Worse than GuantanamoPosted: February 9, 2009
Obama may be closing Guantanamo Bay, but Bagram, the granddaddy of US terror camps, is expanding
Two and a half years ago, a grudge festered in a sleepy hamlet in eastern Afghanistan. Under a midday sun, American soldiers came to seize Musakhil Gahfor. According to his younger brother, an angry neighbour had tipped them off that Musakhil was stockpiling weapons. They found nothing but took their man anyway. It was the last his family would hear of him for five months.
Musakhil disappeared into Bagram Theatre Internment Facility – a US prison notorious for the interrogation techniques pioneered there and the subsequent torture and death of men in custody. American soldiers who served there would export what they learned to Abu Ghraib prison in Iraq. Twice the size of the detention centre at Guantanamo Bay, Bagram is the granddaddy of US terror camps.
Musakhil is still languishing in Bagram. Word first came to his family of his whereabouts via the Red Cross, which traces the families of detainees and puts them back in touch. His younger brother Abdul has visited the organisation’s compound in Kabul every two months to register for a 20-minute video-call – which, until last September, was as much contact as the US allowed. Access is increasing, with some relatives now able to visit the prison in person.
Human rights campaigners concede that conditions inside the prison have improved since Bagram’s nadir around 2002. But a report by the International Committee of the Red Cross leaked last year maintained that conditions were still “harsh”, that prisoners were held in “a previously undisclosed warren of isolation cells” and “sometimes subjected to cruel treatment in violation of the Geneva Conventions”.
Most important, while President Obama has eagerly announced his intention to close Guantanamo Bay within a year, Bagram, where conditions are generally reported by former detainees to be worse than at Guantanamo, is actually being expanded.
Mullah Abdul Zaeef, who was Afghanistan’s ambassador to Pakistan from 2000 until 2001, when the Taliban were in power in Kabul, spent a month in Bagram before being transported to detention facilities in Kandahar, in southern Afghanistan, and Guantanamo Bay. Bagram was the worst, he said. “On the first day they beat me with sticks and guns and their feet and they broke my head and my shoulder,” he told The First Post. Zaeef also claims that the guards stripped him naked and threw him into the snow until he lost consciousness. At no point was he offered medical attention.
Former detainees may have much to gain by exaggeration, but the treatment Zaeef says he received is nothing compared with cases documented by the US military itself. Two detainees died in custody in 2002 after being hung by their arms from the ceiling and beaten so severely that their legs would have needed amputating had they survived, according to a leaked army report. The death certificate for one of the men put cause of death as homicide. At least seven other prisoners have been murdered in US detention facilities in Afghanistan.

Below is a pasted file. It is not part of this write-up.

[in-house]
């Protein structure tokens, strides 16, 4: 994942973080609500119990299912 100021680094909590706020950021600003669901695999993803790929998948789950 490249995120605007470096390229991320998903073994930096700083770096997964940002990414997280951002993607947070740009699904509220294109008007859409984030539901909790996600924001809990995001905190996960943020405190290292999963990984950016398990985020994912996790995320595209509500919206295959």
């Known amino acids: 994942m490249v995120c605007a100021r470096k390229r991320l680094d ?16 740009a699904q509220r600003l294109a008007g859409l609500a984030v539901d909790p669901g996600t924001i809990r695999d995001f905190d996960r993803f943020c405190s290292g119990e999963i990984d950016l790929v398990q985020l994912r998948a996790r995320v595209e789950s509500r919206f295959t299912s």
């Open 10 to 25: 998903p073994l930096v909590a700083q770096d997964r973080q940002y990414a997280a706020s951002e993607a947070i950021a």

Zaeef, who says he has renounced his links with the Taliban and now leads a quiet life in Kabul, is unmoved by President Obama’s order to close Guantanamo. “If Obama really wants justice, closing Guantanamo is not enough. Obama must investigate and ask why did the Americans break the law for seven years? Why did they torture people? Why did they deprive them of their human rights?” he said. “In Bagram it is the same problem.”
The US military argues it must hold men who might return to the battlefield to fight American soldiers. Under President Bush, the US Justice Department said: “Bagram is so much a part of ongoing military operations that there simply is no role for US courts to play.” Even as Guantanamo winds down, Bagram’s capacity is being almost doubled to hold 1,100 illegal enemy combatants. And the US has also built and funded the new Afghan National Detention Facility – known by its detainees as ‘Guantanamo’.
According to human rights lawyer Cori Crider, who works for the London-based law firm Reprieve, “This is part of the jurisdictional dance the military engaged in after habeas jurisdiction – and by extension access to lawyers – was found to run to Guantanamo.” Crider told The First Post: “The military are, in essence, attempting to put smokescreens between them and their prisoners so as to be able to say: ‘US Court, don’t look here, this is an Afghan prison’.”
Musakhil Gahfor’s brother said he did not hate the Americans for taking his brother, whom he insists is innocent. But there is a growing argument – from former detainees, human rights campaigners and even western diplomats – that the abuses taking place at detention facilities across Afghanistan have inspired extremists and fuelled the insurgency they were intended to contain.